Scott Nichol has a reputation as an effective, veteran checking center with a feisty attitude and determined work ethic. Where will that resume take him this fall? As an unrestricted free agent in Nashville, where a youth movement is apparently afoot on the 3rd and 4th lines, Nichol currently sits on the open market.
What exactly, then, can Scott Nichol bring to an NHL team? Let's take a look and see how he did last season...
Nichol's season got derailed in a December 9 game against Vancouver, when Rob Davison took advantage of an opportunity to step up and level Nichol as he carried the puck through center ice. The resulting concussion kept him out of the lineup for months. At the time, he had 3 goals and 6 assists through 27 games, a decent contribution for a 4th-line/PK specialist which would have easily surpassed his career best over an 82-game season.
Nichol was on a fine pace at even strength, with the best offensive results among centers on the team outside of Jason Arnott and David Legwand, and top-notch Goals Against values as well (admittedly against lesser opposition).
Not a significant factor for Nichol.
One of the consistent themes in Nashville is solid penalty killing, and Scott Nichol has been a stalwart there. At 2:40 per game shorthanded, Nichol trailed only Jerred Smithson (2:50) and Vern Fiddler (2:44) in PK ice time. Surprisingly, however, in terms of Goals Against, things didn't go well. His 9.11 Goals Against/60 Minutes in 4-on-5 action far exceeded that of comparable players like Fiddler (6.58), Legwand (5.93), or Smithson (3.58).
In general, the Nashville PK got better during the 2nd half of the season, much of the time in which Nichol was out with the concussion. Whether the unit as a whole get their act together, or Nichol's absence lifted the overall results, is an interesting question. There's not much in the overall Shots For/Against results to indicate that Nichol's work was inferior to the rest of the pack, so I'm tempted based on his general history and strong 5-on-5 play to give him a bit of a pass here. Any team acquiring Scott Nichol would want to use him as a key PK man.
One other noteworthy aspect of Nichol's game is his faceoff ability. He posted a strong 54.6% winning percentage last season, and in 2007-8 led the NHL with a 59.8% mark. This is especially impressive when you consider that he takes very few power play draws, but quite a few on the penalty kill. When I looked at a partial-season's worth of data in February 2008, it appeared that teams on the power play win about 56% of faceoffs, leaving 44% for the penalty killers. Thus, for a PK scrapper to still come out on the high side of 50% overall is a remarkable achievement.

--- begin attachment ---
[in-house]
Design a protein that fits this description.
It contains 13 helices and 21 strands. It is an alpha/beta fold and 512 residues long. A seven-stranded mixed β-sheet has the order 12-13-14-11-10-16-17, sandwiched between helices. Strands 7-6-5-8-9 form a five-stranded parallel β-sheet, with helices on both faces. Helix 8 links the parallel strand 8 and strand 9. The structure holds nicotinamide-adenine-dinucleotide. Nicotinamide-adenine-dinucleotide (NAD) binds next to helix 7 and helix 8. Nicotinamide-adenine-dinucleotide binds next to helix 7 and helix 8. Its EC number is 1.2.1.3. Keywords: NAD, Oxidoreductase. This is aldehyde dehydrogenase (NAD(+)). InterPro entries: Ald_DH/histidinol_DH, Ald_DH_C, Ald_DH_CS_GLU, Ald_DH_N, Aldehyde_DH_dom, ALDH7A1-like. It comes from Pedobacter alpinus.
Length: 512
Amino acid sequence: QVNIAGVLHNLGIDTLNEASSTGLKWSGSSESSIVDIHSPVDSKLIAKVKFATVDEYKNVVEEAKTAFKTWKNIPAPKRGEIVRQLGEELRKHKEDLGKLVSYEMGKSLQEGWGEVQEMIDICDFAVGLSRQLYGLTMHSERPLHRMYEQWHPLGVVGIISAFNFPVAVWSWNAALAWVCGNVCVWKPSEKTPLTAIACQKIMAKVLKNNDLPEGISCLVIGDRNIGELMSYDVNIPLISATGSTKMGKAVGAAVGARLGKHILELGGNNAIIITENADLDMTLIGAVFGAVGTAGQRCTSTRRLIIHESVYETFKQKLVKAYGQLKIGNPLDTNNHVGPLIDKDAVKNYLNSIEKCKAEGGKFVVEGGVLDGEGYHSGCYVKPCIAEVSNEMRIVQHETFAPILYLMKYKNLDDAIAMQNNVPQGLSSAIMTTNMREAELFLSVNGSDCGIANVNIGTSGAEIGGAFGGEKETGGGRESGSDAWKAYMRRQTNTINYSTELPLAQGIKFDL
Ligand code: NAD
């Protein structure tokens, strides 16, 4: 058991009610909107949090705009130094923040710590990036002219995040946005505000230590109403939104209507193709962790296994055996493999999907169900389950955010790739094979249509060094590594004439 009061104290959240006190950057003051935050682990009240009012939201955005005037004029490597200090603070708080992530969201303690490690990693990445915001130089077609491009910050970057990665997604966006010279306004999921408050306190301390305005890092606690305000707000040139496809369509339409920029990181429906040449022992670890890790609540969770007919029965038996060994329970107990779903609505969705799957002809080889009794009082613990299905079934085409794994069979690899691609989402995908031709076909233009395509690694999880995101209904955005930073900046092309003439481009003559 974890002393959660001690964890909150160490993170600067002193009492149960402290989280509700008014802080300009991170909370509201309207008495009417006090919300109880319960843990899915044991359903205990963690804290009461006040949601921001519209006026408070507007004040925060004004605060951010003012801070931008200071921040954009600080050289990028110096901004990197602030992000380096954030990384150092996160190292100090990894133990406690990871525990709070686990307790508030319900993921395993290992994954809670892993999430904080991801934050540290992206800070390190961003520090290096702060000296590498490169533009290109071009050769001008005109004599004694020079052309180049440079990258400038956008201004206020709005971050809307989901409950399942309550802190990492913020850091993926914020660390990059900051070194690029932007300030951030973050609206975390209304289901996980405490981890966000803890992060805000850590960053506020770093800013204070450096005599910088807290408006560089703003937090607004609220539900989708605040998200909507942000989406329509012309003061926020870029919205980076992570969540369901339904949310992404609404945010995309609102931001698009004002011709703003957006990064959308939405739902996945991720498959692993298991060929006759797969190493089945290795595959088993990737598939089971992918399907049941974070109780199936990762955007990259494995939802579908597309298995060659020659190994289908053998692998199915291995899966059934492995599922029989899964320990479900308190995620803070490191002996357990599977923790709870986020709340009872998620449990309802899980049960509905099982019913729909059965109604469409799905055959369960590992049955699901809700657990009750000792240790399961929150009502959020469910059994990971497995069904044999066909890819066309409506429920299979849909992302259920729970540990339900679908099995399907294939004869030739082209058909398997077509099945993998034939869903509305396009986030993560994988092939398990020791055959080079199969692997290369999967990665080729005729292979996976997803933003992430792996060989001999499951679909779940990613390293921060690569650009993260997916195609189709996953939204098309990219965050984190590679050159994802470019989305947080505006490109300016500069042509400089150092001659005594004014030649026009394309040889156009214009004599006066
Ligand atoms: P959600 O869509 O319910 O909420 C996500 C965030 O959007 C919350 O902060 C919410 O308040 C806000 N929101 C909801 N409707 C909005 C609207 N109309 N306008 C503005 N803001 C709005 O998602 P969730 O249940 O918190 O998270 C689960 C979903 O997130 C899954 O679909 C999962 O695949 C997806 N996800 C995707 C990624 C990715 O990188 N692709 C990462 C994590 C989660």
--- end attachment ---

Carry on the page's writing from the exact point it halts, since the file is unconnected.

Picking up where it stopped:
Nichol's play is always energetic, and usually combined with a good measure of discipline. His Penalty Plus/Minus last season was a -2, a fine value for a defensive specialist, and the year before that it was a +2. Nichol's fiery spirit occasionally leads to outbursts, however, partly the consequence of being a small player doing brutally physical work - at times, the temptation to react and lash out is overwhelming. In December 2006 he was suspended for punching Buffalo's Jaroslav Spacek from behind after Spacek drove him into a goalpost, and a year later he was sat down for five games after cross-checking Montreal's Patrice Brisebois in the face (after an entirely different player hit him).
All in all, Nichol provides heady, responsible defensive work and has the ability to pop in the occasional goal or assist when the opportunity presents itself. The ideal fit for him would be a team that already has decent forward depth but needs to shore up its penalty killing. That might include his hometown of Edmonton, Dallas, or perhaps New Jersey. No matter where he ends up, his never-say-die style of play and affable personality are sure to make him a fan favorite.
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